Saturday, May 9, 2009

Campbell stumbles heading to B.C. vote.

It remains to be seen whether James will close the gap enough to actually beat out the Liberals. It seems unlikely. Other polls do not show the race this close. However, given the state of the economy perhaps voters are ready to turf out the party in power.

Campbell stumbles heading to B.C. vote - Canada - Campbell stumbles heading to B.C. vote
Premier's patronizing on TV is NDP's gain as election battle tightens in final days
VANCOUVER – Pay attention, honey: Premier Gordon Campbell knows being a leader is "a big job, and it's hard to get a handle on it."
The defining phrase of the last week of the B.C. election campaign was the premier's response in the televised debate to his swiftly rising rival Carole James of the NDP.
No, Campbell didn't call James, a former school trustee from Victoria, "honey" or "little lady," but the perception was that he was condescending and patronizing.
James had asked Campbell to justify his plans to fight gang violence while his government cut funding for prosecutors and closed courts.
"I think, Ms. James, you should understand," said Campbell, and he paused. "I know this is a big job, and it's hard to get a handle on it, but the fact of the matter is we've added additional prosecutors to fight crime and to fight the gangsters."
As the comment dogged him on the campaign trail the next day, Campbell told reporters "it wasn't meant to be" patronizing.
Meanwhile, James's performance in the debate bumped her up in the polls, narrowing the gap between the NDP and the B.C. Liberals to two points just days before Tuesday's vote.
When the campaign started four weeks ago, James trailed Campbell in the polls by as much as 17 points.
Campbell's Liberals, who are seeking a third mandate, soundly defeated the NDP in 2001, reducing the party that governed the province for most of the 1990s to two seats in the legislature. The NDP rebounded in the 2005 election.
At dissolution, the Liberals held 42 of the B.C. legislature's 79 seats and the NDP held 34. There were three vacancies.
While Campbell's approval rating has stayed at 36 per cent, James's has jumped nine points since late April to match the premier's, according to the latest Angus Reid Strategies poll.
The first half of the campaign looked disastrous for the NDP. One candidate, Ray Lam, dropped out after racy photos popped up on his Facebook page. As well, an online ad featuring the phrase "Does Gordon Campbell Hate You?" was put together by a union supporting the NDP, and included hyperbolic lines about Campbell trying to kill grandmothers and eating small children.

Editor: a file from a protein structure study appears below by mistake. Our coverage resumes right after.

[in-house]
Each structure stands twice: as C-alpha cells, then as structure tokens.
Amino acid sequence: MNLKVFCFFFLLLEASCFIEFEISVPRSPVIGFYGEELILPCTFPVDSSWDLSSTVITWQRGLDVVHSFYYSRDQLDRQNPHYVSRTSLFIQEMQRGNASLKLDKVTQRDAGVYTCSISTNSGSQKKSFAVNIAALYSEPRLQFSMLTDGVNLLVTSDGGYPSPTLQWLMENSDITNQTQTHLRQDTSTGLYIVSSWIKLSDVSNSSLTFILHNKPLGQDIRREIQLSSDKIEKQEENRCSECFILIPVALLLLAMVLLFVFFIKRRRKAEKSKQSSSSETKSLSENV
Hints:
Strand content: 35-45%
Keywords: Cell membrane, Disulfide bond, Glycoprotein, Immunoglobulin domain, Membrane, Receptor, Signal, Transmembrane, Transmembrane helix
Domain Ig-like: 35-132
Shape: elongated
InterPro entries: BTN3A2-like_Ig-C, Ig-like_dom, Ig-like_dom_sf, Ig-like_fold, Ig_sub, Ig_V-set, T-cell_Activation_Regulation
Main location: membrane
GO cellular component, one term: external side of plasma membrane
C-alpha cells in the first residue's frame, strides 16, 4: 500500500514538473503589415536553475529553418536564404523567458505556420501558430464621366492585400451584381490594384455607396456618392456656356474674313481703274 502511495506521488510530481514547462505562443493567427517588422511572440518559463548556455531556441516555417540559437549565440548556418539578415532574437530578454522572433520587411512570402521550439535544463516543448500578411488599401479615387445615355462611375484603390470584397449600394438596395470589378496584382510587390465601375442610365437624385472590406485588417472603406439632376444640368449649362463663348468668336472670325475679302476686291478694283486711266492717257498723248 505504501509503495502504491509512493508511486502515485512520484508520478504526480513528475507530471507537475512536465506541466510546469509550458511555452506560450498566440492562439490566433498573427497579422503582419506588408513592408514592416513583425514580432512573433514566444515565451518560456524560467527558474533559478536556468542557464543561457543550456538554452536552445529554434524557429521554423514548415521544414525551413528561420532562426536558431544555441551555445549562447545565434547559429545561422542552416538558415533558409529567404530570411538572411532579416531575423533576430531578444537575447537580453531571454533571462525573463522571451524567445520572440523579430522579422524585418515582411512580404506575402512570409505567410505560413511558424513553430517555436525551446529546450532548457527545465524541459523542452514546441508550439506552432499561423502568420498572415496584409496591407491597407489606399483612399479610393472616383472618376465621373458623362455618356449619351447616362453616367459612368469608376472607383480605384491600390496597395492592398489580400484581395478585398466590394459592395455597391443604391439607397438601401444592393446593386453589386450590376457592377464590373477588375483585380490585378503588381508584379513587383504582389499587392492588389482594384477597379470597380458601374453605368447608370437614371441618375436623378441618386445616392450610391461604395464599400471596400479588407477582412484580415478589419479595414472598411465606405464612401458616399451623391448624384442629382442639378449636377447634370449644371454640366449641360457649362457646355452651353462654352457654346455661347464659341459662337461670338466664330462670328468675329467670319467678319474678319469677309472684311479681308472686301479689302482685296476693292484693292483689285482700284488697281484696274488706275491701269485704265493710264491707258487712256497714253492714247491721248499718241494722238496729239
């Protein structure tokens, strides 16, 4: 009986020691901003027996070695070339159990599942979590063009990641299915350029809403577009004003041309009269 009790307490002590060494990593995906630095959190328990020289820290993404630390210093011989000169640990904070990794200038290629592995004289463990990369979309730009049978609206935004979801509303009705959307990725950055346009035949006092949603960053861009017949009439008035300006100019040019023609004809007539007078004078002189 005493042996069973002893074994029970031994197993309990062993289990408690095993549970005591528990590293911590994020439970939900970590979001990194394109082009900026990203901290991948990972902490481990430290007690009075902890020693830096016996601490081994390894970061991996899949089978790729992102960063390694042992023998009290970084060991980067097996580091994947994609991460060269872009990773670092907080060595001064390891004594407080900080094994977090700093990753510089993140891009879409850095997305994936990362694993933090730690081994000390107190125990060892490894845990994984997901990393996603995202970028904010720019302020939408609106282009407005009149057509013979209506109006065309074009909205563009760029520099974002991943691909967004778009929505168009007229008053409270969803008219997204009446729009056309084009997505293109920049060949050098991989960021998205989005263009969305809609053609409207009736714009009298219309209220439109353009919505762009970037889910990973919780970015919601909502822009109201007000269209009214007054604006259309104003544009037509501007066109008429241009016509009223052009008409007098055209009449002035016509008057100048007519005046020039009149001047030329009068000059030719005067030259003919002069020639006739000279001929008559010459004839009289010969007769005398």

John Winter, CEO of the B.C. Chamber of Commerce, said business leaders have to warn voters about what an NDP government would do.
"When we think of their policies – of increasing taxation and putting the protection of union jobs against the investment of private sector enterprise – it's kind of worrisome."
Until Campbell's poor showing in the debate, a Liberal re-election seemed like a sure thing. The only setback the Liberals had faced was the resignation of Solicitor General John van Dongen, who stepped down after his speeding tickets were publicized. Van Dongen remains a candidate and will almost certainly keep his seat in the Fraser Valley riding of Abbotsford South.
Political scientist Derek Cook at Kamloops' Thompson Rivers University said the pitch James and the NDP have been making effectively in the interior and rural parts of the province is that the current government isn't providing enough stimulus to help workers.
"In the forestry sector, and in the interior and rural B.C., things are getting worse and the NDP is outlining effectively that the government has a responsibility to do something," said Cook. "The NDP is able to say, Obama in the U.S. is stepping in and trying to help out while our own federal and provincial governments are just sitting on their hands."
Some top forestry executives issued a statement denouncing the NDP, but in interior ridings such as Kootenay East, NDP candidate Troy Sebastian said workers are coming back to the party.
Sebastian, who ran in 2001, said he's getting a much warmer reception from voters in a riding won last time by Liberal Bill Bennett.
"There's been such a massive decline in forestry over the last eight years and people who are out of work have looked to the government and didn't get any help," said Sebastian. "There's a real appetite that something needs to be done and changed."

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